Also, with regard to the advantages of vitamin D like in high-dose application in endometriosis via vitamin D3 progesterone vaginal suppositories treatment, endometriosis and myomas, which are contributed to by low levels of progesterone, should have been treated before conception [27]. In prenatal vitamin D lack there is possibly an increased incidence of obstructive lung disease in children age 3 to 9 [28]. Moreover, in some overviews, vitamin D in PCOS (polycystic ovary syndrome) is reported to be sometimes helpful [29,30]. As in endometriosis, infertility management on the one hand requires an understanding of the pathophysiology of illness and fertility, on the other, in psychosomatics there can be many factors triggering infertility of which allocation can be difficult [31]. Recent findings have shown a huge progress of knowledge of these issues [32-34]. There is also much research linking toxic xenoestrogens, which are environmental chemical-based estrogen mimics known as endocrine disruptors, to hormone disruption. Teaching patients how to detoxify these toxins or eliminate the daily use of them can add immeasurably to the clinical outcome of many approaches.
In our focus on fertility issues in female patients, the following case vignettes will discuss two types of ovarian insufficiency from a psychosomatic perspective.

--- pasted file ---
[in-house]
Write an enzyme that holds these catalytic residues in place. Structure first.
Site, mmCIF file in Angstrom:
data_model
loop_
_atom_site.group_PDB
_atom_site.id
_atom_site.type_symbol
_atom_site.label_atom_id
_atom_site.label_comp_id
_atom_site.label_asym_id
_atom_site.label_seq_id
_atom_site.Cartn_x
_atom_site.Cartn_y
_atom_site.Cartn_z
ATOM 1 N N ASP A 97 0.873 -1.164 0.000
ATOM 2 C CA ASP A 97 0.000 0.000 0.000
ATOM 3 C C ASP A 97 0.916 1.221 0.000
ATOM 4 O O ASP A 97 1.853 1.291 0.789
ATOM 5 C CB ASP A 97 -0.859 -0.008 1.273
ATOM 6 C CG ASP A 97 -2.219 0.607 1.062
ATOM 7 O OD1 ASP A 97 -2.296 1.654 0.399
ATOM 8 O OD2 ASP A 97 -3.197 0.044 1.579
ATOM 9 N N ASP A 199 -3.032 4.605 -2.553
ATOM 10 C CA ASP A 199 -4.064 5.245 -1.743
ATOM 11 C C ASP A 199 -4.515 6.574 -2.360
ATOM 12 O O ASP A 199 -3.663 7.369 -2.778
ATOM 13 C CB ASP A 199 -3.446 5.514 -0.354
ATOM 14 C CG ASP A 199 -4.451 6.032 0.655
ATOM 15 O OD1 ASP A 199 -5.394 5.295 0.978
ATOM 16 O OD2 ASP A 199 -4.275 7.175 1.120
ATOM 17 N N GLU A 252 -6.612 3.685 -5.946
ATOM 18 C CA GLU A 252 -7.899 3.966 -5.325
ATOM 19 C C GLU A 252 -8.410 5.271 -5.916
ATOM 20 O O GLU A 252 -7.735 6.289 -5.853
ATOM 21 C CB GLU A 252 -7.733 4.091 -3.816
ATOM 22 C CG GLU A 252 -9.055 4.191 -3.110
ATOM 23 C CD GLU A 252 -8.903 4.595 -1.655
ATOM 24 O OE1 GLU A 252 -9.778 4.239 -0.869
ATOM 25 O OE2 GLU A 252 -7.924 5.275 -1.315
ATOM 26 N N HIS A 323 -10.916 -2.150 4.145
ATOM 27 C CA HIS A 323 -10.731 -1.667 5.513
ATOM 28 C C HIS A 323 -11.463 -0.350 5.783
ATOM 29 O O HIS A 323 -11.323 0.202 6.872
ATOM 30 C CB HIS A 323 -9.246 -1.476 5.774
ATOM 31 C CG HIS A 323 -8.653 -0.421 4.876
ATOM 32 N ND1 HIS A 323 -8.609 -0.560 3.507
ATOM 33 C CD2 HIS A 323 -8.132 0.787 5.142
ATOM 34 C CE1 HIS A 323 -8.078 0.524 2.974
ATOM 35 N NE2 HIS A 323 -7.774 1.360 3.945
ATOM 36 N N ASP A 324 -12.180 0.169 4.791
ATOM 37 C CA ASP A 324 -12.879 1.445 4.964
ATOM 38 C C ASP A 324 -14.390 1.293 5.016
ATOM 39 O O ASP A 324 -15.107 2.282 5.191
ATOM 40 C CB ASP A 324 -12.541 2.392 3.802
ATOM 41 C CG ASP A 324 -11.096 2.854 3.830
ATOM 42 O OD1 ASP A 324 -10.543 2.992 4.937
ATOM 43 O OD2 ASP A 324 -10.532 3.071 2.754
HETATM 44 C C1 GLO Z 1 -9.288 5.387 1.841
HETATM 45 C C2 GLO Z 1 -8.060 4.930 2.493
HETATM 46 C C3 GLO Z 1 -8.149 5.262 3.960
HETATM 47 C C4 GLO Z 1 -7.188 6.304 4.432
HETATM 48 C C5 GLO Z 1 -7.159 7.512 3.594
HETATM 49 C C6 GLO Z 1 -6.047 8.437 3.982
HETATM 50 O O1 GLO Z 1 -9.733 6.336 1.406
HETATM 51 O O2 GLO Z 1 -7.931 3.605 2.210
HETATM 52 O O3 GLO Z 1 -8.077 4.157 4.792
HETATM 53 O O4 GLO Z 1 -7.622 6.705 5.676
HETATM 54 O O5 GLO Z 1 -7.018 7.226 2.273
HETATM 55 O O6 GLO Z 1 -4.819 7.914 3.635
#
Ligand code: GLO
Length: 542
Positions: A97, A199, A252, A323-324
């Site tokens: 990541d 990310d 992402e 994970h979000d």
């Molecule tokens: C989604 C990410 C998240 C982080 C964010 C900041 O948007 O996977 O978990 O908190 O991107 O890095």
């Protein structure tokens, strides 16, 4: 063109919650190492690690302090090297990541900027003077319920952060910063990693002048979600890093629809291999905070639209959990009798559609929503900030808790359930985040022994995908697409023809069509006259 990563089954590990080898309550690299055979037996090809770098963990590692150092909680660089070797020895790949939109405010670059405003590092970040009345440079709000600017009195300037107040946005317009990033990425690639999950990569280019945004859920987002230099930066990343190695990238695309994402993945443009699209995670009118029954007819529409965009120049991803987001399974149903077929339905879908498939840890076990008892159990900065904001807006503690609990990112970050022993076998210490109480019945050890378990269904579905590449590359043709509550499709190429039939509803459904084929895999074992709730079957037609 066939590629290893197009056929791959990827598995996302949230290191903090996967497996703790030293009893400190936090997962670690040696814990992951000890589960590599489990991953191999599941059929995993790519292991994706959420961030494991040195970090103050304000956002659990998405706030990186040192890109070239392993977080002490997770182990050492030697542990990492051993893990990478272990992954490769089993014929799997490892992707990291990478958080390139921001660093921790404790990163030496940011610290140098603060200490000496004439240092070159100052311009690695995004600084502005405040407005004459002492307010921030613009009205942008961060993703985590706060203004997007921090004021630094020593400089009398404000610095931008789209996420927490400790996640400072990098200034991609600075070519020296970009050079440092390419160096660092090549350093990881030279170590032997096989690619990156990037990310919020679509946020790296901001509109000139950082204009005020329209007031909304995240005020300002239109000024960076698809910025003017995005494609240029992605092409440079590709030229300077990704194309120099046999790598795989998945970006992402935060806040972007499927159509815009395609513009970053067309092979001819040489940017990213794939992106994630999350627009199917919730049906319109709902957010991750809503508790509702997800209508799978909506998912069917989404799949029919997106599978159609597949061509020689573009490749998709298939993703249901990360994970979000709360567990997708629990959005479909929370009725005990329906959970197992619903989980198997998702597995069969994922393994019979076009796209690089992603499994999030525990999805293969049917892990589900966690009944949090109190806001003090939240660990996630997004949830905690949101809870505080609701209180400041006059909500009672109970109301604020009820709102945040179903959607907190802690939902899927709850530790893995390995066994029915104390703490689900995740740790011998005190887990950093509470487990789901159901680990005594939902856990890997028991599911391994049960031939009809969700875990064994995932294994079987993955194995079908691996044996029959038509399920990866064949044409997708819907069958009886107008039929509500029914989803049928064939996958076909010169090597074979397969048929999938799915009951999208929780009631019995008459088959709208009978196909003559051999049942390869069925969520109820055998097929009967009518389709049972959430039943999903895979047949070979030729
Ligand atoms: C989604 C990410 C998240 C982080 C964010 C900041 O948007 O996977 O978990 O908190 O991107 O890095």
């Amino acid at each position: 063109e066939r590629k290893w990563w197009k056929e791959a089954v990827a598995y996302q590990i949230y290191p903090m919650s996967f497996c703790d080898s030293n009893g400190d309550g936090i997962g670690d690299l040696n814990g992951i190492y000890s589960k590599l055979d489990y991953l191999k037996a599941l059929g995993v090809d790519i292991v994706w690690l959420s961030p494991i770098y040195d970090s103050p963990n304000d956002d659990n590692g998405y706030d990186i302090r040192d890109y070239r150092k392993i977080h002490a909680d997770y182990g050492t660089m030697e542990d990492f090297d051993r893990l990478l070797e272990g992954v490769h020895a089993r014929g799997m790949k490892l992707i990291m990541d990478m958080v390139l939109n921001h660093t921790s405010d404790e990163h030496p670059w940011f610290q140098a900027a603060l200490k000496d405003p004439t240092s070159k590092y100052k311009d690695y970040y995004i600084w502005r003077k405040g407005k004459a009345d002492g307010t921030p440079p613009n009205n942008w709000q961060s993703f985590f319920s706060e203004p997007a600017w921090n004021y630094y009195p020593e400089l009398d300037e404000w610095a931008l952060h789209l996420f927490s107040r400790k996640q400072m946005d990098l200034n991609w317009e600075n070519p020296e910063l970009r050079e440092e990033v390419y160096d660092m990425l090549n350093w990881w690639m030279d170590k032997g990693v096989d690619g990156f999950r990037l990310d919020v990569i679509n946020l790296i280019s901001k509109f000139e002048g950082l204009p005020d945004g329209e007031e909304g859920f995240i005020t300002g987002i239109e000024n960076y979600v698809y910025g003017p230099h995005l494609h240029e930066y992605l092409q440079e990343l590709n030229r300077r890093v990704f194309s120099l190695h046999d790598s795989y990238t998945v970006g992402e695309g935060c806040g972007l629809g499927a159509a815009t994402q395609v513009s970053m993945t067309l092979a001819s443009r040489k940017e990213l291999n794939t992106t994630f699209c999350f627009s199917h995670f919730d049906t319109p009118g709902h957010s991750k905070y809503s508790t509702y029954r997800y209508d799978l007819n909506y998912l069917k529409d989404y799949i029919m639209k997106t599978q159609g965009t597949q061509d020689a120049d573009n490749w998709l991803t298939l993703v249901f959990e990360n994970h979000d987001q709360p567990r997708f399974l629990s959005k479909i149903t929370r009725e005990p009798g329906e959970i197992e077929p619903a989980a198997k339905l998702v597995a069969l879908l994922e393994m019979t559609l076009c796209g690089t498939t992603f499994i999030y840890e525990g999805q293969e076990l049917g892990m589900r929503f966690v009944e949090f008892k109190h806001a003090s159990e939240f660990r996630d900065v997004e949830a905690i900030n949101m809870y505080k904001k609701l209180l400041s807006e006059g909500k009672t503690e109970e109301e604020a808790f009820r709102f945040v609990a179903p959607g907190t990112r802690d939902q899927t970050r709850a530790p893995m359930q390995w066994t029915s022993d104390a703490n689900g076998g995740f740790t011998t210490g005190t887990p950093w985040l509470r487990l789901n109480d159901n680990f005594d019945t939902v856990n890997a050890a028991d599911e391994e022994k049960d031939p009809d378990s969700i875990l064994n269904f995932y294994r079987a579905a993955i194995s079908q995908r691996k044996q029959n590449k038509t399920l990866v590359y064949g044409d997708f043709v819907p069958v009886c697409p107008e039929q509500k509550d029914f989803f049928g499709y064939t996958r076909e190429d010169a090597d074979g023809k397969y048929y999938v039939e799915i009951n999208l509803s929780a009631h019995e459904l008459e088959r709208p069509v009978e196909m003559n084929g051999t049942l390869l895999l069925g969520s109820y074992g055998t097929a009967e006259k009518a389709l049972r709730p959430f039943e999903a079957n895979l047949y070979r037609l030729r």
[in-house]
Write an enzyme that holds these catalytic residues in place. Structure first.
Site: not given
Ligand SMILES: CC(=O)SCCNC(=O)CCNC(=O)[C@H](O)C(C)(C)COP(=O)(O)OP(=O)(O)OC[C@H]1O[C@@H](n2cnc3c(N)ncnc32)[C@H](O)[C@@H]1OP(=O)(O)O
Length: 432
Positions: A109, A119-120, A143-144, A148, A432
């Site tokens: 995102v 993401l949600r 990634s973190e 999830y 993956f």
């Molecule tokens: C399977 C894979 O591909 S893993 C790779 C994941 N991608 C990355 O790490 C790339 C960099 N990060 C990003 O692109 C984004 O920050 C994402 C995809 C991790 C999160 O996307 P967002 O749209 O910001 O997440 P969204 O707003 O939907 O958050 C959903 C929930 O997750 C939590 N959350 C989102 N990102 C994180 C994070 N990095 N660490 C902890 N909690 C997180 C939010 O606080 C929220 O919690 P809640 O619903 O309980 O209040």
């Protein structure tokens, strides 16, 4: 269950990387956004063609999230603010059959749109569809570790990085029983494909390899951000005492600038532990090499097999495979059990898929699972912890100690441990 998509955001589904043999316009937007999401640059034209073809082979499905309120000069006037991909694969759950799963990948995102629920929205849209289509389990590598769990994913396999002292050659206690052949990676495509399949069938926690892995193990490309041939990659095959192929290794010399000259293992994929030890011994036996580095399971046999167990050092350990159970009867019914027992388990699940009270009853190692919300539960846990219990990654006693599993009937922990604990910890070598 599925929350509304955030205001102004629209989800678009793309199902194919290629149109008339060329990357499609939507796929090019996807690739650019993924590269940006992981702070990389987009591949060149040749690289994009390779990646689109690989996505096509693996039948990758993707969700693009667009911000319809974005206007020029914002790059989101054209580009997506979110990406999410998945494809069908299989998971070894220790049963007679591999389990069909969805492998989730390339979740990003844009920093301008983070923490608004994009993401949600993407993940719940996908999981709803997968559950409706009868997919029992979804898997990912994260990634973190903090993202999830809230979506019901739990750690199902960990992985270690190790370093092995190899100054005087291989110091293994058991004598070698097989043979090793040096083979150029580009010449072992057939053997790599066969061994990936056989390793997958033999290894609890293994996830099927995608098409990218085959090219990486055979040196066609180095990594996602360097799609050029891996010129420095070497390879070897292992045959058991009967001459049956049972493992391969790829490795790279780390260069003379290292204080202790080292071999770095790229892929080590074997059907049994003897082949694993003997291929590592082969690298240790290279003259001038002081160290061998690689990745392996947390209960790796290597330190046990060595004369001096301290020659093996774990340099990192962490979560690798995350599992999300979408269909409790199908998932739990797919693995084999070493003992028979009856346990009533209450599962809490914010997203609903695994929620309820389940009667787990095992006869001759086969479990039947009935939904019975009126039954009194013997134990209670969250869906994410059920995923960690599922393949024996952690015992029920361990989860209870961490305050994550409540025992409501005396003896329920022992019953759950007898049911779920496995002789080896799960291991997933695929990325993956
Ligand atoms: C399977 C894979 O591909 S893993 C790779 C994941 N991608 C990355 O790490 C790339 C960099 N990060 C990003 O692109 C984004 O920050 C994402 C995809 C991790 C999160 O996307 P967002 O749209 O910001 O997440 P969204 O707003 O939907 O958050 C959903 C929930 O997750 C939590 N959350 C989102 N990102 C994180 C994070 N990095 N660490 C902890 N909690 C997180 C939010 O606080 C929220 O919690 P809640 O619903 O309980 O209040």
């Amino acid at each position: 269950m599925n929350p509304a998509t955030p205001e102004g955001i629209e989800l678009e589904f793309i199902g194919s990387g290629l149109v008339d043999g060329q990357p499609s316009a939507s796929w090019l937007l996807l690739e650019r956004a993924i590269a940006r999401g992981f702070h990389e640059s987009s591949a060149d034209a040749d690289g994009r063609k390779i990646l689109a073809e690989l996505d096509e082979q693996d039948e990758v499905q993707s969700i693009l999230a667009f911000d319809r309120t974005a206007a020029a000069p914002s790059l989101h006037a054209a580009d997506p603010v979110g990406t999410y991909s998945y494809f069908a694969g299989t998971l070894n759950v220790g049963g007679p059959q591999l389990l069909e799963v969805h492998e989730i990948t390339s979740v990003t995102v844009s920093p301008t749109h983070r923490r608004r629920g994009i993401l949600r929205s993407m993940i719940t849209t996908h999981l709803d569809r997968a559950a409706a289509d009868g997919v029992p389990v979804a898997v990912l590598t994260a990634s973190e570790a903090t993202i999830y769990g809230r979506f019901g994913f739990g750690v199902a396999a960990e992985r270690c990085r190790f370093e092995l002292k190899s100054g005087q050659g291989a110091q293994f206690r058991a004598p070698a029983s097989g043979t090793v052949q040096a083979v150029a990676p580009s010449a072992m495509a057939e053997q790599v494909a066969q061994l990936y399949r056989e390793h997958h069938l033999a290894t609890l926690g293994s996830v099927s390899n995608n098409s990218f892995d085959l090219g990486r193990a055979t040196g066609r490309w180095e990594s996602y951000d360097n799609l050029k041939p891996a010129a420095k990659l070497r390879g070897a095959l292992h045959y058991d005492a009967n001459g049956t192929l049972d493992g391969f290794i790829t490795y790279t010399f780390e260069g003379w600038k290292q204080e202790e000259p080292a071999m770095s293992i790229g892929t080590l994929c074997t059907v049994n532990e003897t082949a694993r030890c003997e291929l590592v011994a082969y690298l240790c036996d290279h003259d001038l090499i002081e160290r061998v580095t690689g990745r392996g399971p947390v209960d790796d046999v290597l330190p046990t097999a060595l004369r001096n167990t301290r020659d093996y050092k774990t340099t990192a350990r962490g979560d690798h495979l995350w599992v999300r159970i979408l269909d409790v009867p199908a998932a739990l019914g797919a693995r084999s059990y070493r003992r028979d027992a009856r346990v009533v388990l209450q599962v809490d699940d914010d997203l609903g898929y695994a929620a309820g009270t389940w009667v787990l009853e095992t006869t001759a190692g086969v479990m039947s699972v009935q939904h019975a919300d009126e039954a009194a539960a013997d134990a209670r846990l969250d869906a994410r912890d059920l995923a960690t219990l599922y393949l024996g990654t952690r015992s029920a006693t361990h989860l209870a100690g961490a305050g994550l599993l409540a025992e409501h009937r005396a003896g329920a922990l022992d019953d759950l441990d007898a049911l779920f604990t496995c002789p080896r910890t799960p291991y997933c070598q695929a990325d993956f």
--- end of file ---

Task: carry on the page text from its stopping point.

Primary and Secondary Ovarian Insufficiency

Primary ovarian insufficiency

There is no more maturation of the follicles, low estrogen production, and an increased concentration of gonadotropin. It is about 5 to 10 percent of ovarian insufficiencies, whereas idiopathic sterility, i.e. with unknown cause is about 25 percent. A slight improvement of fertility via vitamin E substitution has been observed [35]. The conventional procedures of assisted reproduction have been well-documented [36].
Case vignette 1: The 30-year-old patient had been sent to psychosomatic counseling since she had not become pregnant in a time period of two years. Her gynaecologist had diagnosed sterility because her anti-mullerian hormone (AMH) level was about zero. Her hormonal status of female hormones, estrogen and gonadotropin would be beyond the normal status for women in reproductive age [37,38]. Her values were equal to women in climacterium, so her reproductive success would be below 5 percent.
There might have been several reasons for this so-called potentially idiopathic sterility without exact details. This is a result of the small prevalence (0.1%) and incidence (at this age 2:100,000) for this kind of ovarian insufficiency, for which only a handful of case studies but several examinations with low case rates exist [39]. In these, the reasons for premature ovarian insufficiency are said to be chromosomal aberration, loss of germplasm as a consequence of operative intervention, virus infections, chemo- or radiotherapy, or autoimmune illness (in 30% of cases).
In our case, the patient had no pre-existing illness. Her gynaecologist had sent her to a private center for reproductive medicine. She had reportedly been informed that synthetic fertilization methods like intracytoplasmic sperm injection and other in vitro fertilization procedures would not be successful.